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Re: Admission Control

From: Jesper Krogh <jesper(at)krogh(dot)cc>
To: Robert Haas <robertmhaas(at)gmail(dot)com>
Cc: Kevin Grittner <Kevin(dot)Grittner(at)wicourts(dot)gov>, pgsql-hackers(at)postgresql(dot)org
Subject: Re: Admission Control
Date: 2010-06-28 18:32:10
Message-ID: (view raw or whole thread)
Lists: pgsql-hackers
On 2010-06-25 22:44, Robert Haas wrote:
> On Fri, Jun 25, 2010 at 3:52 PM, Kevin Grittner
> <Kevin(dot)Grittner(at)wicourts(dot)gov>  wrote:
>> Heck, I think an even *more* trivial admission control policy which
>> limits the number of active database transactions released to
>> execution might solve a lot of problems.
> That wouldn't have any benefit over what you can already do with a
> connection pooler, though, I think.  In fact, it would probably be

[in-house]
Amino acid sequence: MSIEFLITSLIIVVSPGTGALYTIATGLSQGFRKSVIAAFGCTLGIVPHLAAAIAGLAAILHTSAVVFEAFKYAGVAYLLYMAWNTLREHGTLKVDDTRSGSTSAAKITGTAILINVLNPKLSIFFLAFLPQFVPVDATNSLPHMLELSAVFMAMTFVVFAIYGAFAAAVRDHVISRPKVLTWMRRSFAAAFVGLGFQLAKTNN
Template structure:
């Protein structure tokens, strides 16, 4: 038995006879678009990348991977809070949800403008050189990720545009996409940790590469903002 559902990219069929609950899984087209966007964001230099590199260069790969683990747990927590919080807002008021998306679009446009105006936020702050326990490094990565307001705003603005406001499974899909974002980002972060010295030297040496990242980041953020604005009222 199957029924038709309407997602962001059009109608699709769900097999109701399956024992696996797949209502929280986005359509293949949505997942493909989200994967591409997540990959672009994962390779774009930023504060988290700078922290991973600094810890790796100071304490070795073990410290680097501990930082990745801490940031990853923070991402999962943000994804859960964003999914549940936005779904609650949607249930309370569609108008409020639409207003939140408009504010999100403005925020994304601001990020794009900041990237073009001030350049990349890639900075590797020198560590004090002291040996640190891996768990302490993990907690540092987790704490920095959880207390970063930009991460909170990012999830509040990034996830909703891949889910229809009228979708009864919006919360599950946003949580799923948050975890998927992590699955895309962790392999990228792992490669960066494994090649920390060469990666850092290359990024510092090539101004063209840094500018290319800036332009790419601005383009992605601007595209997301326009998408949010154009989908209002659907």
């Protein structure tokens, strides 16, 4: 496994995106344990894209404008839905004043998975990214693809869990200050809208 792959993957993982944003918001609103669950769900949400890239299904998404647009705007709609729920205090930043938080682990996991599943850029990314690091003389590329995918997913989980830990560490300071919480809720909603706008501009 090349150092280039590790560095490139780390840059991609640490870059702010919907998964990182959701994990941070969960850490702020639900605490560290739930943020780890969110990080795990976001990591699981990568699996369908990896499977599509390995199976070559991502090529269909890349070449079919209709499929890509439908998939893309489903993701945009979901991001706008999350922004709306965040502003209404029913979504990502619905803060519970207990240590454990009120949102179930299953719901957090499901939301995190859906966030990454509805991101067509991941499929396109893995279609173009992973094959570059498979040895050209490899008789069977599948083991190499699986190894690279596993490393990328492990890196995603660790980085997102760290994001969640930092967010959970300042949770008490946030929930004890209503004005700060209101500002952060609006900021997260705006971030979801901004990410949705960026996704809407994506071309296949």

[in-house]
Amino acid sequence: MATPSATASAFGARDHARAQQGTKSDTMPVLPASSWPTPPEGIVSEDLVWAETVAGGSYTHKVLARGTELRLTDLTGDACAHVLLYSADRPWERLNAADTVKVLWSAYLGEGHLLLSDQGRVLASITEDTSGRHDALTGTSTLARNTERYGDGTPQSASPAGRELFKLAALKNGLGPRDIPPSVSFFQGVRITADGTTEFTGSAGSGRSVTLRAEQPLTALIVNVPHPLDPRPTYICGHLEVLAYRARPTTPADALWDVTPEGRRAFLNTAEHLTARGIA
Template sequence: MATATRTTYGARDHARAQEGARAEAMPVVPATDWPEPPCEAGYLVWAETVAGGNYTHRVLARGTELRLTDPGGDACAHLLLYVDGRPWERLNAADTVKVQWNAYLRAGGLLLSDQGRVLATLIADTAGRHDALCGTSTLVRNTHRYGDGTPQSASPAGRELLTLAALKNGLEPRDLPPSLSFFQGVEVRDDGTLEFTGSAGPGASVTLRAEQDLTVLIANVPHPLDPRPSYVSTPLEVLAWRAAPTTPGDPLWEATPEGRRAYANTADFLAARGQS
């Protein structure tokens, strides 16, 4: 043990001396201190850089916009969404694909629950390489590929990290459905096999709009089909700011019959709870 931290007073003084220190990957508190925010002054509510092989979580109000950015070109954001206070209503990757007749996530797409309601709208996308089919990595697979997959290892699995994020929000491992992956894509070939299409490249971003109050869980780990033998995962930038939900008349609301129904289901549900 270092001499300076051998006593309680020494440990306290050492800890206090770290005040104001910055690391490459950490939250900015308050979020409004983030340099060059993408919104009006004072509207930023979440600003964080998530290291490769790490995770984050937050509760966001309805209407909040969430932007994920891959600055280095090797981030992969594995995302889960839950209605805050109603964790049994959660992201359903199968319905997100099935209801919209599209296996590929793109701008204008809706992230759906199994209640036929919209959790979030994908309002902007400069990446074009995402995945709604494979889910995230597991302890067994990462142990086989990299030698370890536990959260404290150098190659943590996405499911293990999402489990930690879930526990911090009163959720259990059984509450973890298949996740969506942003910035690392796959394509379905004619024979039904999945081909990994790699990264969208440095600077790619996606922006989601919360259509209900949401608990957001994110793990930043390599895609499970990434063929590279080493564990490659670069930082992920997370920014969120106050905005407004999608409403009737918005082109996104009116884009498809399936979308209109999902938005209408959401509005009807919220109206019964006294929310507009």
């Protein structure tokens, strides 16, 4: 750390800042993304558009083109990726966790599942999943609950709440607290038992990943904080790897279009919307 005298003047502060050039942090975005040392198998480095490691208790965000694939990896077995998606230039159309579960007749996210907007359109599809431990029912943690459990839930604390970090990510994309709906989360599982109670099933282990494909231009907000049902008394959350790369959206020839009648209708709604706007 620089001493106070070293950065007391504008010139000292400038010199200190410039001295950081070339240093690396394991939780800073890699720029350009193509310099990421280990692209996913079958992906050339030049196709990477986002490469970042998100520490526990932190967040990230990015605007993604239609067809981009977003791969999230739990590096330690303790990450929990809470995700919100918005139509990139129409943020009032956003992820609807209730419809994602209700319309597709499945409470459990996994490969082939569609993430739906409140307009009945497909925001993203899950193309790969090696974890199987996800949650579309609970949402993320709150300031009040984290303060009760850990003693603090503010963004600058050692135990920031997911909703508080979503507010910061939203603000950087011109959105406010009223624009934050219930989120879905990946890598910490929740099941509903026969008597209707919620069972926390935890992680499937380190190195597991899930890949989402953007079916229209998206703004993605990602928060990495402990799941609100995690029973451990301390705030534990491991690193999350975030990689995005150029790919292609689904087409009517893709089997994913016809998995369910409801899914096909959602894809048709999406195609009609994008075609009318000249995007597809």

> strictly worse, since enlarging the number of backends slows the
> system down even if they aren't actually doing anything much.

Sorry if I'm asking silly questions, but how does transactions and
connection pooler's interact?

Say if you have 100 clients all doing "fairly inactive" database work
in transactions lasting a couple of minutes at the same time. If I 
connection poolers they dont help much in those situations where an
"accounting" system on "limited resources" across all backends 
definately would help.

(yes, its a real-world application here, wether it is clever or not...  )

In a fully web environment where all transaction last 0.1s .. a pooler
might make fully sense (when traffic goes up).


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